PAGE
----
Bayble Island is an uninhabited island off the south coast of the Eye Peninsula of Lewis, in the Outer Hebrides of Scotland. Bayble Island lies at the southern end of Bayble Bay, it consists of two islands. The hamlets of Upper and Lower Bayble overlook the bay. Rats are thought to have arrived on the island, as to the Shiant Islands, from a shipwreck. Gannets and other seabirds can be seen on the island and diving into the surrounding waters
United Kingdom census, 2011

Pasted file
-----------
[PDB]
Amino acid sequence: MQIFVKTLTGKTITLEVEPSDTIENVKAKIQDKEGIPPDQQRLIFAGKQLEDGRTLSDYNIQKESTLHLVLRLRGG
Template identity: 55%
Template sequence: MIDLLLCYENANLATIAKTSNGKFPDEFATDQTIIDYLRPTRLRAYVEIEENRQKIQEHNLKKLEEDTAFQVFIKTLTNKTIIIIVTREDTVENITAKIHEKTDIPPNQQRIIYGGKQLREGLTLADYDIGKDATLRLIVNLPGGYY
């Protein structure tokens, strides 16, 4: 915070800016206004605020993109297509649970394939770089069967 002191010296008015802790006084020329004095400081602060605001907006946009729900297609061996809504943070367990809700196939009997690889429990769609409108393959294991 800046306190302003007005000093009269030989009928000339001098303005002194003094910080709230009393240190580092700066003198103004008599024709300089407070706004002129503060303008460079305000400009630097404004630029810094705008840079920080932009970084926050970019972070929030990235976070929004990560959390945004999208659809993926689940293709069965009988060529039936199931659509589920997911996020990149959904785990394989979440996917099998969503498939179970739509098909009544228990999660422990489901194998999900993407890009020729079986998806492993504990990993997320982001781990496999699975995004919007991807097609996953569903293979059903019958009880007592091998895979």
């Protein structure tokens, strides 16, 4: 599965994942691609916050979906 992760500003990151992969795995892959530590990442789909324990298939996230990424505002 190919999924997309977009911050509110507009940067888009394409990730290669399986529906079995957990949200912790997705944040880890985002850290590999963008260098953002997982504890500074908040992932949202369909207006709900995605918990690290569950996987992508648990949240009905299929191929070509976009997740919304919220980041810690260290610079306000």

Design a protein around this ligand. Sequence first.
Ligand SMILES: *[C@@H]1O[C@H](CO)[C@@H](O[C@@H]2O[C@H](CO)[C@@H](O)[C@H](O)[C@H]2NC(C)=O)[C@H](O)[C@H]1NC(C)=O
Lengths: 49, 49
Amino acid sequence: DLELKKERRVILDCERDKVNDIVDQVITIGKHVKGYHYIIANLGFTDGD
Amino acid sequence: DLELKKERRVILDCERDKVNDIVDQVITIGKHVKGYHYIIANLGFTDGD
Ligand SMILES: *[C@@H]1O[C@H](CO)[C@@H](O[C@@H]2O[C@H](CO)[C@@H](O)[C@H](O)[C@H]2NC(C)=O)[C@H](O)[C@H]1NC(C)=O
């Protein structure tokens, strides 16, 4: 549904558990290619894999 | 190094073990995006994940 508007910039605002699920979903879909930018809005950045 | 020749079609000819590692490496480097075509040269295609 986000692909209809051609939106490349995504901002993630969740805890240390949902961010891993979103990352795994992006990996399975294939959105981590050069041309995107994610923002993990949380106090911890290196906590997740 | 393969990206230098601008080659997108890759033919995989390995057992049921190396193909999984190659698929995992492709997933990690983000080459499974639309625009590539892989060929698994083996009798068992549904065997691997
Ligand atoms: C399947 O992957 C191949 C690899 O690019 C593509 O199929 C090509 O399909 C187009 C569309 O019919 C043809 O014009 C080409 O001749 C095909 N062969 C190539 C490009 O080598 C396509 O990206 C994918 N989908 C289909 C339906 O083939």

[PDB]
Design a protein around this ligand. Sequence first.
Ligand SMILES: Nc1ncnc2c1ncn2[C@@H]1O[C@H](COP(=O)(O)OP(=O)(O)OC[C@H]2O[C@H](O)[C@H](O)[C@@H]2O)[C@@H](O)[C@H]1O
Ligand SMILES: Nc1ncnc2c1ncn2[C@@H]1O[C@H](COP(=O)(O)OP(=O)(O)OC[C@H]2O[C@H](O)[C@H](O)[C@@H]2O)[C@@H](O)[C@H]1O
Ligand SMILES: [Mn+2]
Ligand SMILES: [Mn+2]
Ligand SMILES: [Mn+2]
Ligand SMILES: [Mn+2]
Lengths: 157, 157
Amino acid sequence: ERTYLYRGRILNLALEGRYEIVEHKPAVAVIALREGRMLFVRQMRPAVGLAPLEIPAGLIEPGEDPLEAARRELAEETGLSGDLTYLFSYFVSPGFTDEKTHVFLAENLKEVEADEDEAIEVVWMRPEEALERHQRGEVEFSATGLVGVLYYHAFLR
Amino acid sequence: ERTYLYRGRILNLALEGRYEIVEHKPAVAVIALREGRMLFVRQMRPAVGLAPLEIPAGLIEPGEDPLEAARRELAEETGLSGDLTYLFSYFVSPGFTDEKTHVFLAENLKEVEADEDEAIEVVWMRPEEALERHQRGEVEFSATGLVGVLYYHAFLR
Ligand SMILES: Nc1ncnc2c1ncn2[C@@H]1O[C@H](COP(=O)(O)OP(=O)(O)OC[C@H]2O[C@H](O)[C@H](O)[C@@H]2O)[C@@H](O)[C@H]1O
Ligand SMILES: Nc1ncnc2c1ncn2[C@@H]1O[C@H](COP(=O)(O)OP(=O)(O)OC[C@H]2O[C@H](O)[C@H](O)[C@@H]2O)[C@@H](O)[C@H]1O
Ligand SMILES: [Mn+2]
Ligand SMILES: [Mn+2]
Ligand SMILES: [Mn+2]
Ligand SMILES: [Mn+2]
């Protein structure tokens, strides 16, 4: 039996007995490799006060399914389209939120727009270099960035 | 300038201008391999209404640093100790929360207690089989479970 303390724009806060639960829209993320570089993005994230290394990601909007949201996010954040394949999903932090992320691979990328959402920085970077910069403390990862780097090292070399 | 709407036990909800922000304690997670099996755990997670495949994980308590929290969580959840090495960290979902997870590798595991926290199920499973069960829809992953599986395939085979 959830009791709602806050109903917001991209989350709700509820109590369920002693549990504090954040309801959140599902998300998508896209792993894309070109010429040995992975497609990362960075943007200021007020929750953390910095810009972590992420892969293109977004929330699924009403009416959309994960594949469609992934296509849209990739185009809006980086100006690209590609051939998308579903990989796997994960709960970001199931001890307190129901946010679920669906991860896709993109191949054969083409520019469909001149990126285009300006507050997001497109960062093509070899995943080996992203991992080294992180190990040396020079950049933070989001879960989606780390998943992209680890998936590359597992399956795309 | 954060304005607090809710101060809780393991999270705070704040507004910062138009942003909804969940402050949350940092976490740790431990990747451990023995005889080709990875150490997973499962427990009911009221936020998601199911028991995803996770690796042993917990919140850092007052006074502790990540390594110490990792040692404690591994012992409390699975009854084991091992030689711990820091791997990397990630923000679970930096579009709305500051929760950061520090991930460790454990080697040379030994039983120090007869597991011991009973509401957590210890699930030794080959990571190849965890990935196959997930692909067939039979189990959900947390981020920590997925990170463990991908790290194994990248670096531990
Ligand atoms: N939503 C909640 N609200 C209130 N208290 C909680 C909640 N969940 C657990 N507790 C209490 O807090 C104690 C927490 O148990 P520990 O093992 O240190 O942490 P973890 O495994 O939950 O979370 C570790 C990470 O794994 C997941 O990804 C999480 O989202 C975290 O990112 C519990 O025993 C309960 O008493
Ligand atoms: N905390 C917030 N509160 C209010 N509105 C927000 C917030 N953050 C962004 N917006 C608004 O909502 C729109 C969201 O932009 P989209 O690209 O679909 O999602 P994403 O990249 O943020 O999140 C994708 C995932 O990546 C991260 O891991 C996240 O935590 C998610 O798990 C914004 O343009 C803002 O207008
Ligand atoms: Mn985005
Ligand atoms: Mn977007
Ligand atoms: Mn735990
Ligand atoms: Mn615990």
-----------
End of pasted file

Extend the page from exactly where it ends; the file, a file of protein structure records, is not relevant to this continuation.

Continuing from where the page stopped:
A census of the population of the United Kingdom is taken every ten years. The 2011 census was held in all countries of the UK on 27 March 2011, it was the first UK census. The Office for National Statistics is responsible for the census in England and Wales, the General Register Office for Scotland is responsible for the census in Scotland, the Northern Ireland Statistics and Research Agency is responsible for the census in Northern Ireland; the Office for National Statistics is the executive office of the UK Statistics Authority, a non-ministerial department formed in 2008 and which reports directly to Parliament. ONS is the UK Government's single largest statistical producer of independent statistics on the UK's economy and society, used to assist the planning and allocation of resources, policy-making and decision-making. ONS designs and runs the census in England and Wales. In its capacity as the national statistics office for the United Kingdom, ONS compiles and releases census tables for the United Kingdom when the data from England and Wales and Northern Ireland are complete.